Reset Button

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Trope · Genre
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See Also: denialfic, fix-it, Breaking the Toys, Story Arc, BOTW
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Hitting the reset button describes a strategy for undoing or rendering void changes to a canon that have occurred within a fanwork or tie-in. Popular reset techniques include amnesia, waking from a dream, or "let us never speak of this again."

Historically, television shows have mainly employed the reset button in order to make the show easier to watch in second-run syndication, or reruns.

Alternately, creators of a canon may hit their own reset button, to discard a storyline that is not working or reinvent the plot. Alias is notorious for regular resets, as are most properties developed by J. J. Abrams.

If rocks fall, everybody dies, and then the main character wakes up to discover it was all a dream, then someone has hit the reset button.

History

Even if a show does not achieve financial success in its first run, if it can be sold to a network that will show it in second-run syndication, it can continue to make money for its producers. Therefore, writers have a very good reason to make sure that the status quo is restored at the end of the show, and it usually is. If a character is fired, they'll get their job back at the end of the episode; if two buddy cops break up, they'll get back together; Gilligan will always mess up the plan to escape from the island.

Since the early 1970s, story arcs have become more common. The availability of full seasons of TV shows on VHS, and now DVD, means that creators know that their audience will be able to watch all the episodes in order whenever they want to. This lets them produce shows like Heroes or 24, where each episode moves several plot threads forward, but may not conclude any of them at the end of 42 minutes. More common, though, are shows like Buffy the Vampire Slayer which have a mix of key story arc (or mytharc) episodes with episodes that mostly stand alone.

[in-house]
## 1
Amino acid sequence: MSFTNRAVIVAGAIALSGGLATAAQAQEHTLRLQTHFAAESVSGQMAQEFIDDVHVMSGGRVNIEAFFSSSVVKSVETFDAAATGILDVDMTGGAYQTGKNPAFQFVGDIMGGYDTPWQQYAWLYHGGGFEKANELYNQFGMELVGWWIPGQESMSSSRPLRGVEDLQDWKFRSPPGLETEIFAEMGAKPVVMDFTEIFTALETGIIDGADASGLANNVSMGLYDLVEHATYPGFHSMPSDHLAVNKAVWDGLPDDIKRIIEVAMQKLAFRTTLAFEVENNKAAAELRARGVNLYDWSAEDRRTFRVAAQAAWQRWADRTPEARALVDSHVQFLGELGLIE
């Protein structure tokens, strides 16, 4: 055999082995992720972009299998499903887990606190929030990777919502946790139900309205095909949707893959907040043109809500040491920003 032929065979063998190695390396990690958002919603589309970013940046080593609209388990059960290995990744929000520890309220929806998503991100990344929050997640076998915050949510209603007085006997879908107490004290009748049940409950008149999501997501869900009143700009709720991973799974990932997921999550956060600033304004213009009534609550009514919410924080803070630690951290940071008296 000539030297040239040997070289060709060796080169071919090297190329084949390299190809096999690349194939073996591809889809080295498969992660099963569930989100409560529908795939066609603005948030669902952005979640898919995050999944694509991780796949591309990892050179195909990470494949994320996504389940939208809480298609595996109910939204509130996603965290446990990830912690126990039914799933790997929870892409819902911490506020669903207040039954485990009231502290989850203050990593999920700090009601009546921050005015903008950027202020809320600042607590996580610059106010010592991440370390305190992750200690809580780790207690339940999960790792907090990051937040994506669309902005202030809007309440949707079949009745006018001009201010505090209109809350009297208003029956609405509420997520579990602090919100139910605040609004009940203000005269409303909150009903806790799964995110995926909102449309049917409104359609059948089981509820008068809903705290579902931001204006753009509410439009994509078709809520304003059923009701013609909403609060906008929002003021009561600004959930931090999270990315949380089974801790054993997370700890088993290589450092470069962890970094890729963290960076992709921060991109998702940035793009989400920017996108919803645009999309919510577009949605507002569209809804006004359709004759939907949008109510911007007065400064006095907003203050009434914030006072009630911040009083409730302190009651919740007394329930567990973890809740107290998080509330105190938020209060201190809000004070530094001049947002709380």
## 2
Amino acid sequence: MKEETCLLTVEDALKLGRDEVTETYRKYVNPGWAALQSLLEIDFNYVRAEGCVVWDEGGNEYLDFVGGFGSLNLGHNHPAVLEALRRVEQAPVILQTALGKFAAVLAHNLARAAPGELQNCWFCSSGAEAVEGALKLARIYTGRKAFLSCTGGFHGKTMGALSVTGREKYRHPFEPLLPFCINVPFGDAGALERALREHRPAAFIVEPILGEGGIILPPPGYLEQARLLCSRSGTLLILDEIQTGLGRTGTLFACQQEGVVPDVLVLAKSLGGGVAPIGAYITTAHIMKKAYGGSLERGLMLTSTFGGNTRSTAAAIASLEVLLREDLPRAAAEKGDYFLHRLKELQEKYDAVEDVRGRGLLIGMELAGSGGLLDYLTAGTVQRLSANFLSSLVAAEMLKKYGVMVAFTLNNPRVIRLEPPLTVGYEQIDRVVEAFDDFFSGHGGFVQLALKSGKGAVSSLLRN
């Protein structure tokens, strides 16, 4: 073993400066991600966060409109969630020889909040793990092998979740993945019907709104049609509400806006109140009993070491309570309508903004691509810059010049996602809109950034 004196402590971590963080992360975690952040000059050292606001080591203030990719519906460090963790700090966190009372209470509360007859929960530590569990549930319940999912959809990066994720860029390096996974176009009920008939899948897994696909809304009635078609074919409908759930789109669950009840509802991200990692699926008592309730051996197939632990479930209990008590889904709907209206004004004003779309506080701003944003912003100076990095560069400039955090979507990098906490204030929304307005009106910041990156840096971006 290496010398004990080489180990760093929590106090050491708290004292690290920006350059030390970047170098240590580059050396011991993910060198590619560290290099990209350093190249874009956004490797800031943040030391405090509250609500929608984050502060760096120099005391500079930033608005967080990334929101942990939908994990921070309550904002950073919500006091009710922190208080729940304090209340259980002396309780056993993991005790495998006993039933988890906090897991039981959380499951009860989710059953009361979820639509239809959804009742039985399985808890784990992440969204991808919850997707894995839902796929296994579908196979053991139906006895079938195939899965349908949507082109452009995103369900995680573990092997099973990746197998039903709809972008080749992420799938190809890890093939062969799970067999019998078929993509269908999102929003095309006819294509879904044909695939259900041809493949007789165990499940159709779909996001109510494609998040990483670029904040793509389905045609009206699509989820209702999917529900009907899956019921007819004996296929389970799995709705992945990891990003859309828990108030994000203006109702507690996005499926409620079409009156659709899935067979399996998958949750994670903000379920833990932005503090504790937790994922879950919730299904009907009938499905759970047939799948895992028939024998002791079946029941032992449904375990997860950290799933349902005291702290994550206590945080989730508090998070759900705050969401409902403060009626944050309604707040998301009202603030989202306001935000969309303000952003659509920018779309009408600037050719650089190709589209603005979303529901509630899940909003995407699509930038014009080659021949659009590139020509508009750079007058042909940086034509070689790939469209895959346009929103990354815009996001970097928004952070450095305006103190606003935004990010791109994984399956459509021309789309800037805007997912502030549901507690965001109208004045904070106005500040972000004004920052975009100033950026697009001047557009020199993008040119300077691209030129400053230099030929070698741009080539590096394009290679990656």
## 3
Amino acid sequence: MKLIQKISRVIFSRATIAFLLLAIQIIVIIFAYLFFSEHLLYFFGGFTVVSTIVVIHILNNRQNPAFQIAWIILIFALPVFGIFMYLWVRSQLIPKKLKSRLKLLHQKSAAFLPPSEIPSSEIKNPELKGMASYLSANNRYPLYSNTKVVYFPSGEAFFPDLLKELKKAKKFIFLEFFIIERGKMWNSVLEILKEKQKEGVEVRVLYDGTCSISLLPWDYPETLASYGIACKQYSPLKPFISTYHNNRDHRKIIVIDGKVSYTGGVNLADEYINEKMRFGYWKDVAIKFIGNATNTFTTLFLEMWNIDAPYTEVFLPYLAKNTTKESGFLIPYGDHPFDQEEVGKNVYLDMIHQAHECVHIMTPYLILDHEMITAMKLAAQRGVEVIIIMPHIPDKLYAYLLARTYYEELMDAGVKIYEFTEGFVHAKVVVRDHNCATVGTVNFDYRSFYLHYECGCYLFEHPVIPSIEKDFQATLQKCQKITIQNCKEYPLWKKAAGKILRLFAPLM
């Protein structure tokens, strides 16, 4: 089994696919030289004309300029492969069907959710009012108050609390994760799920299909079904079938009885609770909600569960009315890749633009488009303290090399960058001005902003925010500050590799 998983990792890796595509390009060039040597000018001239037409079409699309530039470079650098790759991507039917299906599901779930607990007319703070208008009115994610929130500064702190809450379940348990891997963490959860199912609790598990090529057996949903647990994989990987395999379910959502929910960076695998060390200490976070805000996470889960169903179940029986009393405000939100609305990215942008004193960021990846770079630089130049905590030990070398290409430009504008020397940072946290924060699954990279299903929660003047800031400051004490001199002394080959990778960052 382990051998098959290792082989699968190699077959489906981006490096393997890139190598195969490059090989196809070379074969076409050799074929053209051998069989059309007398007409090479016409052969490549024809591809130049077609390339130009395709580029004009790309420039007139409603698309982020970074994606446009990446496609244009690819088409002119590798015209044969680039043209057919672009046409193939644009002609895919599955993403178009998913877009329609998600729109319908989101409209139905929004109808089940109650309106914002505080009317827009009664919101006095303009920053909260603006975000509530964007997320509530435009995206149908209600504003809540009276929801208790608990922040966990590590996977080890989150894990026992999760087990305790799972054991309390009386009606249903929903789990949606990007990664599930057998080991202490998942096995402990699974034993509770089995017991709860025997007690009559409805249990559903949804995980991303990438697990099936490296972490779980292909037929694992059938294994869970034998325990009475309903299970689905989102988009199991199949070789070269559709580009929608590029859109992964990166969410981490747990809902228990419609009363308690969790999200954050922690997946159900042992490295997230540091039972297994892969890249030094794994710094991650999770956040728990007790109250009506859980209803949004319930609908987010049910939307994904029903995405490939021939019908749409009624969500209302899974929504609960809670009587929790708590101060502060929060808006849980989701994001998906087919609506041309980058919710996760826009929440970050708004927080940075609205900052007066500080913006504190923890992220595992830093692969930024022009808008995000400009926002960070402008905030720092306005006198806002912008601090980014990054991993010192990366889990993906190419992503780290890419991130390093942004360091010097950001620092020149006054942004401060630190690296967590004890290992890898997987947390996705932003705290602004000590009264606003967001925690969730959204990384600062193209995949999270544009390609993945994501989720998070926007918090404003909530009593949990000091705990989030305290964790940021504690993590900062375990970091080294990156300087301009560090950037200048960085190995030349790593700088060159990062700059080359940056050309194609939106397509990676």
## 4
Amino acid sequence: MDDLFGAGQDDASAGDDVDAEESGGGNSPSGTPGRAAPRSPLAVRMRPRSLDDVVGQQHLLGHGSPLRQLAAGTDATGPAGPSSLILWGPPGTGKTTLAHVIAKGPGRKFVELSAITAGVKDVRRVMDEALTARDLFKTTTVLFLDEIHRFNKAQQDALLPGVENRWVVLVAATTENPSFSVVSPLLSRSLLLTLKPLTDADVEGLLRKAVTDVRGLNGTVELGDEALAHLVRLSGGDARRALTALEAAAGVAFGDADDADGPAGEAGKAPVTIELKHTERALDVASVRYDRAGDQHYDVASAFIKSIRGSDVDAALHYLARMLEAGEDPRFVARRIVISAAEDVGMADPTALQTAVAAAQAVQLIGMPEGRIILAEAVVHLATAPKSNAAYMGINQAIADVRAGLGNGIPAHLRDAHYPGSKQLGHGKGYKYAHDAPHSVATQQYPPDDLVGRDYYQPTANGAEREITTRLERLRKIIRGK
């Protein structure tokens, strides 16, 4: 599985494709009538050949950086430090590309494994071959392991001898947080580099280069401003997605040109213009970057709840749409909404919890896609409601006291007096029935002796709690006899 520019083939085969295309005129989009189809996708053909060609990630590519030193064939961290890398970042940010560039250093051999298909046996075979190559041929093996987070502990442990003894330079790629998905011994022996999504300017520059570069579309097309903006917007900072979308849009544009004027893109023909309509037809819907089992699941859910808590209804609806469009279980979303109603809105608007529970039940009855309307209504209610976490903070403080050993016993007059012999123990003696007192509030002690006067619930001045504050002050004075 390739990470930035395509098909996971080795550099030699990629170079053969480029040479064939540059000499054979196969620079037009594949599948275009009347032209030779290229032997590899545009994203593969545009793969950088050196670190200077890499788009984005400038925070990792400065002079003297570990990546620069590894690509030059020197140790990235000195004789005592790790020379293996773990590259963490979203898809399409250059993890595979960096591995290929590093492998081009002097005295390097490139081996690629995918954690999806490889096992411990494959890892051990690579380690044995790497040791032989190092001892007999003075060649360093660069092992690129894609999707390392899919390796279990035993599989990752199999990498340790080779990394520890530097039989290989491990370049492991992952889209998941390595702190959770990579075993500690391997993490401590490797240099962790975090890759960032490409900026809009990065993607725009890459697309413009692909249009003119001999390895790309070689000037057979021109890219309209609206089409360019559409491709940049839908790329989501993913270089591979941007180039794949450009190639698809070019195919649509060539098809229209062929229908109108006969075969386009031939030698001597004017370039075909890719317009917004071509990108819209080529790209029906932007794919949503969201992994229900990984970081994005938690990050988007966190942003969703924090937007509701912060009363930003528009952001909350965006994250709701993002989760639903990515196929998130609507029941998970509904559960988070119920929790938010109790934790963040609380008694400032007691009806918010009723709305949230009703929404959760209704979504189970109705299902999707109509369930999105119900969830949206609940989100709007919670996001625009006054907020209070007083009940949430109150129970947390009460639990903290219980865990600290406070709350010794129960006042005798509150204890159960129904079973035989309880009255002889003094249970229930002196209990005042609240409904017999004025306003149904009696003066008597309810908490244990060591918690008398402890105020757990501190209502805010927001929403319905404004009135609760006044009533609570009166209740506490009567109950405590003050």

Influence on fandom

The repeated use of the reset button can lead to characters appearing to have unrealistic emotional reactions to the events of each episode; in a buddy cop show, for instance, it is common for a character to fall desperately in love with a BOTW, and then be torn apart from her, either by death or other tragic circumstances. Then, next week, the affected character shows no signs of depression or even memory that anything happened.

This lack of emotional continuity is not usually seen as a flaw by most casual fans of sci-fi or action-oriented series; however, it is often a spur to fanfic writers. Whether it's called an episode tag, a coda, or a post-ep, almost every fandom whose source text employs the reset button ends up creating a genre of fanfiction dedicated to tying up emotional threads that were left hanging by the reset button.

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